Watch CBS News

Salvation Army Major Sets New Record With 150 Hours Of Bell-Ringing

MURRIETA ( — A Salvation Army major rang in a new record Sunday after completing 150 straight hours of bell-ringing.

Maj. Marcelino "Butch" Soriano, 47, set up his kettle and took up his bell, sounding out that familiar cry of the season, at 4 a.m. Monday in Murrieta. He set his record at 150 hours in celebration of the Salvation Army's 150 years in existence and its 124th annual Red Kettle Campaign, during which bell-ringers seek donations outside stores throughout the holiday season.

By Friday, he broke the previous record, set when he and two other bell-ringers completed 105 hours, Salvation Army spokesperson Kathy Lovin said.

Soriano kept going for another two days until he hit his milestone at 10 a.m. Sunday.

"The reality is that I was sure that I would not be able to accomplish this quest on my own strength," said Soriano, moments after setting his record. "I needed God's strength."

According to the organization's rules, Soriano earned five minutes of rest for every continuous hour he rang his bell. He had to stand the entire time and could only eat, sit, go to the bathroom or nap during his five-minute breaks. He was allowed to drink something, as long as it didn't get in the way of his ringing the bell.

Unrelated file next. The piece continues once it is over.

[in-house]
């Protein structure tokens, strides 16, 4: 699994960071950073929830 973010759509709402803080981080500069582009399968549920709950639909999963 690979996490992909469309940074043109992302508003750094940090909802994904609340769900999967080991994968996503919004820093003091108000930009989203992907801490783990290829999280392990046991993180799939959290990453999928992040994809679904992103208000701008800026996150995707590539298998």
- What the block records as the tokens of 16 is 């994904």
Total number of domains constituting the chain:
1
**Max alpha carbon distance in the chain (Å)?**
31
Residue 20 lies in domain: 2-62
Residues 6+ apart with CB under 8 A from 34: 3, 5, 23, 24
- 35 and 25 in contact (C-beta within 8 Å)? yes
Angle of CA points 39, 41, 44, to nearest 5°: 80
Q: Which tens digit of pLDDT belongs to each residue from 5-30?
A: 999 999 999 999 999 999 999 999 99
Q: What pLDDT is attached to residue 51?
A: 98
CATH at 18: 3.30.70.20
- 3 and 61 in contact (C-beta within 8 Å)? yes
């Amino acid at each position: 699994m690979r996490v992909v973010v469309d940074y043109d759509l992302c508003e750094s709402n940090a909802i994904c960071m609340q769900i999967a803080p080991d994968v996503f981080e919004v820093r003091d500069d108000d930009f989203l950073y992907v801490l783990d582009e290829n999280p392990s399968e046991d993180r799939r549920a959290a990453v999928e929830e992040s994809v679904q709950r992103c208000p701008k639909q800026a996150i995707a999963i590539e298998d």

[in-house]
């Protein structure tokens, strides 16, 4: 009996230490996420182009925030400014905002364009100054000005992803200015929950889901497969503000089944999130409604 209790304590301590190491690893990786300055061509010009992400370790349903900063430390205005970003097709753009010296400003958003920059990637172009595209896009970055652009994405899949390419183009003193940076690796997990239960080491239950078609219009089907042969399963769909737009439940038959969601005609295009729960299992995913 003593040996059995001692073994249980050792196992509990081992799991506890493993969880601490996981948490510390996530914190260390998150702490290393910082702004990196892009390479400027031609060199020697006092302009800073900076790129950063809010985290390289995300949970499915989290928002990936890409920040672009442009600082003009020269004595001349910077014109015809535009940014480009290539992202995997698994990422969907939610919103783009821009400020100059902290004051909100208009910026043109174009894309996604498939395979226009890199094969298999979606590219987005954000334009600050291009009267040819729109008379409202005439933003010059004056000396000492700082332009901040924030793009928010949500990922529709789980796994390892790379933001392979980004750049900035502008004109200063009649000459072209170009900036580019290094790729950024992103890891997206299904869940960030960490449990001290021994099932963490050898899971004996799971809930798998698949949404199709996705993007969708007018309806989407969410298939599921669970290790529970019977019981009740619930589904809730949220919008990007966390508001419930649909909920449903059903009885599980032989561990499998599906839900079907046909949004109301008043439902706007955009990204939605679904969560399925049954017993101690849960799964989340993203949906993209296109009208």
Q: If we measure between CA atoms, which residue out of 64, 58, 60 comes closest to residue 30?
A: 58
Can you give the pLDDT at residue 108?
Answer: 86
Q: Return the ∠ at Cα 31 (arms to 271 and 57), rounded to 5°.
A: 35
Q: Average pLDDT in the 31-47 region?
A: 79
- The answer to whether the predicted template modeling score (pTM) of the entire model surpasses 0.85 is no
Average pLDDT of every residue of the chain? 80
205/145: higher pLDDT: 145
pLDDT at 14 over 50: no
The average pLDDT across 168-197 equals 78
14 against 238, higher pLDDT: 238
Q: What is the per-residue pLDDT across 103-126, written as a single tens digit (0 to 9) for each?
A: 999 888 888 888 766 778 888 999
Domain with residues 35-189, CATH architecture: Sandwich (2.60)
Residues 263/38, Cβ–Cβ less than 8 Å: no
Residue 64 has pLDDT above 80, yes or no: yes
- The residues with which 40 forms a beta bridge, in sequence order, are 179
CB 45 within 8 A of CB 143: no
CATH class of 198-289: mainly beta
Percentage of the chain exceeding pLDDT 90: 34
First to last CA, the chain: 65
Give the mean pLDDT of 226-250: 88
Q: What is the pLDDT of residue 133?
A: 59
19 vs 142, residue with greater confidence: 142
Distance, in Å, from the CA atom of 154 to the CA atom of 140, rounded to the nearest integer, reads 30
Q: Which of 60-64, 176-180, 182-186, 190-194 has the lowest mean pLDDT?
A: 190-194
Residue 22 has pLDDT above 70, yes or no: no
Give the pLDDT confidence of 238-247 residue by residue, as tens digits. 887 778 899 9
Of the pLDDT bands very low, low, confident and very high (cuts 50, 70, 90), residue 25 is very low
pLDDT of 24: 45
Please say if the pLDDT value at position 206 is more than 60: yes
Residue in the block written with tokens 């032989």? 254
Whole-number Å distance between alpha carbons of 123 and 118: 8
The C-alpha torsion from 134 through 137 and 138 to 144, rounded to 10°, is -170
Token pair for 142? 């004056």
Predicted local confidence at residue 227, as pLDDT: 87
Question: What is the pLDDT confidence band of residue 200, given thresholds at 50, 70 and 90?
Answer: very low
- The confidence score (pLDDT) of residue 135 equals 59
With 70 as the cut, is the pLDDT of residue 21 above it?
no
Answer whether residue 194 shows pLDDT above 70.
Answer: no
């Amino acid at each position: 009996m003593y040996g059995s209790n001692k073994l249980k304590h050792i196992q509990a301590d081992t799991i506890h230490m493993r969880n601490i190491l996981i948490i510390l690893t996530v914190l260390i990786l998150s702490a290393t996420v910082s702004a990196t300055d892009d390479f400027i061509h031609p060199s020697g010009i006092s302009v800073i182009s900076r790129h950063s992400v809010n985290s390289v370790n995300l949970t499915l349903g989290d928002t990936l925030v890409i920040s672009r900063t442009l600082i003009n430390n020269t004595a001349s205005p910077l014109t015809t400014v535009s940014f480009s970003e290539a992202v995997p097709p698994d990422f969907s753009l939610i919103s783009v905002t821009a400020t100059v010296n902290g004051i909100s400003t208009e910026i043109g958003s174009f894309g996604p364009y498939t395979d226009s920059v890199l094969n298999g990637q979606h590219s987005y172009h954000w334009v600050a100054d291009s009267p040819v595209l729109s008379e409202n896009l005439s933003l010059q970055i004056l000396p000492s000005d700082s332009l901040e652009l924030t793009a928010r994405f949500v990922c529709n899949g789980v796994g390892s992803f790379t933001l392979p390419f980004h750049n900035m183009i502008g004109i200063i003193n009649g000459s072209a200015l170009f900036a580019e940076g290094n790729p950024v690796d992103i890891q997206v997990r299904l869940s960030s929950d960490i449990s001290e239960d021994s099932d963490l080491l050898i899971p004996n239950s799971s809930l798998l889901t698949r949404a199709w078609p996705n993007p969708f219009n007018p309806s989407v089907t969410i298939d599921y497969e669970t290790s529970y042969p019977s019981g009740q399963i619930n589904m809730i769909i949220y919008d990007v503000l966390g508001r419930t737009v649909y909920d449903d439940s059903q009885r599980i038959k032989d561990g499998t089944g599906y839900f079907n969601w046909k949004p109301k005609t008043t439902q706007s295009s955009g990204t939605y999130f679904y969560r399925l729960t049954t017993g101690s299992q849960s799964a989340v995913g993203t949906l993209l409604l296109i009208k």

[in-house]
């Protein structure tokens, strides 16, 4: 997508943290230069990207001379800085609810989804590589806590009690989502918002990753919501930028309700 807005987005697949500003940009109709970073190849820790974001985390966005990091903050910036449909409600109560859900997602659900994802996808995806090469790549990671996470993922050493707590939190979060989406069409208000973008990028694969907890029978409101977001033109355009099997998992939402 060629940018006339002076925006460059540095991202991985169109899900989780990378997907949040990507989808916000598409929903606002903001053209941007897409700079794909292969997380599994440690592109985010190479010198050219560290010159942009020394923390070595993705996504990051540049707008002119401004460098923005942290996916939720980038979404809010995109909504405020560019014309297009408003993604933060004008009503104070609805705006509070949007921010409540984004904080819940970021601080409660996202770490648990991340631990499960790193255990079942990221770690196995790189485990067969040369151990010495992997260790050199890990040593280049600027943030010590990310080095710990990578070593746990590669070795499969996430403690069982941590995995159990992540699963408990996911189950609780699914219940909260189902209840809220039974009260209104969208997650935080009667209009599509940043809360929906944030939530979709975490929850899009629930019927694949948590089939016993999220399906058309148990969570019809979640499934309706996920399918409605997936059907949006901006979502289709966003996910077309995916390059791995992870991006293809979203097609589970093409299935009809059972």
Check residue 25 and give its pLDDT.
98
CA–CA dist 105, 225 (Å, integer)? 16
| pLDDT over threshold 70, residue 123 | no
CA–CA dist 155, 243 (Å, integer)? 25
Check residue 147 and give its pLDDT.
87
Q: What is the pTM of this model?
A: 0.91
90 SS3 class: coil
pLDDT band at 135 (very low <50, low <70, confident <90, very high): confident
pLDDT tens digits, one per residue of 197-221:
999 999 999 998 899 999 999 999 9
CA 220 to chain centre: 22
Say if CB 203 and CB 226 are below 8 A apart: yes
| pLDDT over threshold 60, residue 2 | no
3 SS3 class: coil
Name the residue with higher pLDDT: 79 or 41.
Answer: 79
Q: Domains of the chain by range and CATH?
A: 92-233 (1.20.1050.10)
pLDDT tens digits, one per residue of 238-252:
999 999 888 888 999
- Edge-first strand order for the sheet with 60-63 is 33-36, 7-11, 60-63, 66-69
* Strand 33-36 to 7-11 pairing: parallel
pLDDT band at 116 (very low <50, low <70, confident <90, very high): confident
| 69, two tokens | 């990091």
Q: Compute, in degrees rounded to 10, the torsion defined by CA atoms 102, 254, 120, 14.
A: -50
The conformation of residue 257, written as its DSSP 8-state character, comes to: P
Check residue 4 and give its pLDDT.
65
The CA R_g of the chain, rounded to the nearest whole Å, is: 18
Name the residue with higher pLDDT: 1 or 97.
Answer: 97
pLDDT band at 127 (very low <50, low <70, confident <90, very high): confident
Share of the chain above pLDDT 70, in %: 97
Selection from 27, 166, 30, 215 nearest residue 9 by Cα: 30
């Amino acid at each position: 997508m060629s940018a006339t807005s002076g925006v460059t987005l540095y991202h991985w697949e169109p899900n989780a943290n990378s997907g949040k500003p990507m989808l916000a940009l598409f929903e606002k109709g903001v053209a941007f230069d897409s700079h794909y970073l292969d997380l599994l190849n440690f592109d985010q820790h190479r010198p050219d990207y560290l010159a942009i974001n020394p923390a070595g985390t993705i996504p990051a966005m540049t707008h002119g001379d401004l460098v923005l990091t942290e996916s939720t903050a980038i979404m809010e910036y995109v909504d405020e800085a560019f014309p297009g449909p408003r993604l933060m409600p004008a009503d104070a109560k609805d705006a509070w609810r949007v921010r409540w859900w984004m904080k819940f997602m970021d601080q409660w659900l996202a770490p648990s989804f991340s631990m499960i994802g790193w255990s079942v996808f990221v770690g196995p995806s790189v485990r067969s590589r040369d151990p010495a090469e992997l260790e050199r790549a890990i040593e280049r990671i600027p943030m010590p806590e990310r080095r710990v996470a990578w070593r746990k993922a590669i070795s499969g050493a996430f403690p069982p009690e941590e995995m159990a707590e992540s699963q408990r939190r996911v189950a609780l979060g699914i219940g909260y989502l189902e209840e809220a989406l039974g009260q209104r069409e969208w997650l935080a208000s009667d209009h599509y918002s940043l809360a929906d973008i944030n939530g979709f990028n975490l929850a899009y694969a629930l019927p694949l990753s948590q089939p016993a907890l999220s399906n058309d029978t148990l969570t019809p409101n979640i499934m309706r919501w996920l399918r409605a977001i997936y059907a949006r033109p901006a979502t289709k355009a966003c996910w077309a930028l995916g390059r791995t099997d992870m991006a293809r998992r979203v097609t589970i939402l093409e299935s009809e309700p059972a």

His first real test came at about the 51st hour, when his feet began to ache and throb. By the 84th hour, his feet were severely swollen.

"I was like, I don't know if I'm going to be able to keep going," Soriano said.

An hour later, the Salvation Army said "a stranger who had no idea of the pain he was in offered a bit of powerful support."

"In the 85th hour, there was a gentleman who came behind me, he put a hand on me and prayed for me," Soriano recalled. "A lot of the discomfort came out of me."

The bell-ringer was struck with another surge of endurance when a woman came up to donate and he noticed on her shirt was written Bible verse "Philippians 4:13" — "I can do all things through Christ who strengthens me." — a phrase Soriano said has motivated him in the past.

"I was at a very low point, where it was very uncomfortable," Soriano said. "God reminded me because that verse was on that person's shirt."

After Soriano broke the record, he said sleep would have to wait: "Actually, right now I'm going to change so I can go to church."

View CBS News In
CBS News App Open
Chrome Safari Continue
Be the first to know
Get browser notifications for breaking news, live events, and exclusive reporting.